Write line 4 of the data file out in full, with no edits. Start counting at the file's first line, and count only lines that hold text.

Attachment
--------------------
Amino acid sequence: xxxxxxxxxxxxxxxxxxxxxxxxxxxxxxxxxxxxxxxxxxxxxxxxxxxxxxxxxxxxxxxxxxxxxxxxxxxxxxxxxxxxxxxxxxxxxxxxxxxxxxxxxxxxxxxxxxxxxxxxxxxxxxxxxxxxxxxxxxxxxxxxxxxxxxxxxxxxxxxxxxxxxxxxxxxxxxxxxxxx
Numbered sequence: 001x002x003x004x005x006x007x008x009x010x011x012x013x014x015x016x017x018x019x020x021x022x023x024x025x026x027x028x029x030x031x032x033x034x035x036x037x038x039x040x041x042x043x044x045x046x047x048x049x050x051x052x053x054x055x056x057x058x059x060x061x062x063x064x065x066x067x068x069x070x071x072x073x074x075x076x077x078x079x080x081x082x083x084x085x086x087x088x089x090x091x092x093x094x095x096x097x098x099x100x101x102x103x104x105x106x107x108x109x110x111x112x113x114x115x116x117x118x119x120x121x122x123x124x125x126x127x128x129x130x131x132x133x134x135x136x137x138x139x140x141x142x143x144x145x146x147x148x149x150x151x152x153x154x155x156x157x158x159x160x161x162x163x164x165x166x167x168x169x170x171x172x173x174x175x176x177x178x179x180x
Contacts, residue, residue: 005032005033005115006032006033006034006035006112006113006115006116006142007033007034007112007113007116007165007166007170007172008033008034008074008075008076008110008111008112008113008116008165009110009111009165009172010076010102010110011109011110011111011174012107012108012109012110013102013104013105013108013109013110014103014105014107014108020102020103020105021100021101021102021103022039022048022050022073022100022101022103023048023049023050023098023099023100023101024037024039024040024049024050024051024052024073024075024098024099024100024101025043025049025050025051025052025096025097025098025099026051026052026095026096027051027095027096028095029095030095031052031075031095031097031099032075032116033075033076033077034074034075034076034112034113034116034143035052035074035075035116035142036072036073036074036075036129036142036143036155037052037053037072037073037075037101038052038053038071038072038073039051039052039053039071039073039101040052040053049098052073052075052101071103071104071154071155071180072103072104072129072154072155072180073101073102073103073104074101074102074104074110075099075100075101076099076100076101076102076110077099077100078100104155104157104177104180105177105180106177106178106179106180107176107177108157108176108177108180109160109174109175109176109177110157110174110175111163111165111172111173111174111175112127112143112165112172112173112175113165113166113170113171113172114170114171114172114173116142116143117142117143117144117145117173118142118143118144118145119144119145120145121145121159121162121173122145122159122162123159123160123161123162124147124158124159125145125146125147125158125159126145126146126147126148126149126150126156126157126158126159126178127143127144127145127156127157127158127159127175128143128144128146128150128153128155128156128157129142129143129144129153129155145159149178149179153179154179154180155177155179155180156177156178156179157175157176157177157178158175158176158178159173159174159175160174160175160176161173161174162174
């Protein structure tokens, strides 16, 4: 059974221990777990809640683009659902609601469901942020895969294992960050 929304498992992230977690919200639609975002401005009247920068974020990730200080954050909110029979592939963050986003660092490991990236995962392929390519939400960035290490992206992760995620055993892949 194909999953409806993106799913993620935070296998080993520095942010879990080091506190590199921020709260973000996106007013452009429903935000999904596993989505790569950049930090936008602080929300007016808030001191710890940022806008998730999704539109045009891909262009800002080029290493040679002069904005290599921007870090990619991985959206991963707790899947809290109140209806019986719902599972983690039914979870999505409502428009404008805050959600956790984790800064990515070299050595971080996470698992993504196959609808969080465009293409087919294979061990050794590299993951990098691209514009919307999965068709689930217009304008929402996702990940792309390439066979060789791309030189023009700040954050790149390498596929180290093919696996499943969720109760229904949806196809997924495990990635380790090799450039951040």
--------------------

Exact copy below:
């Protein structure tokens, strides 16, 4: 059974221990777990809640683009659902609601469901942020895969294992960050 929304498992992230977690919200639609975002401005009247920068974020990730200080954050909110029979592939963050986003660092490991990236995962392929390519939400960035290490992206992760995620055993892949 194909999953409806993106799913993620935070296998080993520095942010879990080091506190590199921020709260973000996106007013452009429903935000999904596993989505790569950049930090936008602080929300007016808030001191710890940022806008998730999704539109045009891909262009800002080029290493040679002069904005290599921007870090990619991985959206991963707790899947809290109140209806019986719902599972983690039914979870999505409502428009404008805050959600956790984790800064990515070299050595971080996470698992993504196959609808969080465009293409087919294979061990050794590299993951990098691209514009919307999965068709689930217009304008929402996702990940792309390439066979060789791309030189023009700040954050790149390498596929180290093919696996499943969720109760229904949806196809997924495990990635380790090799450039951040």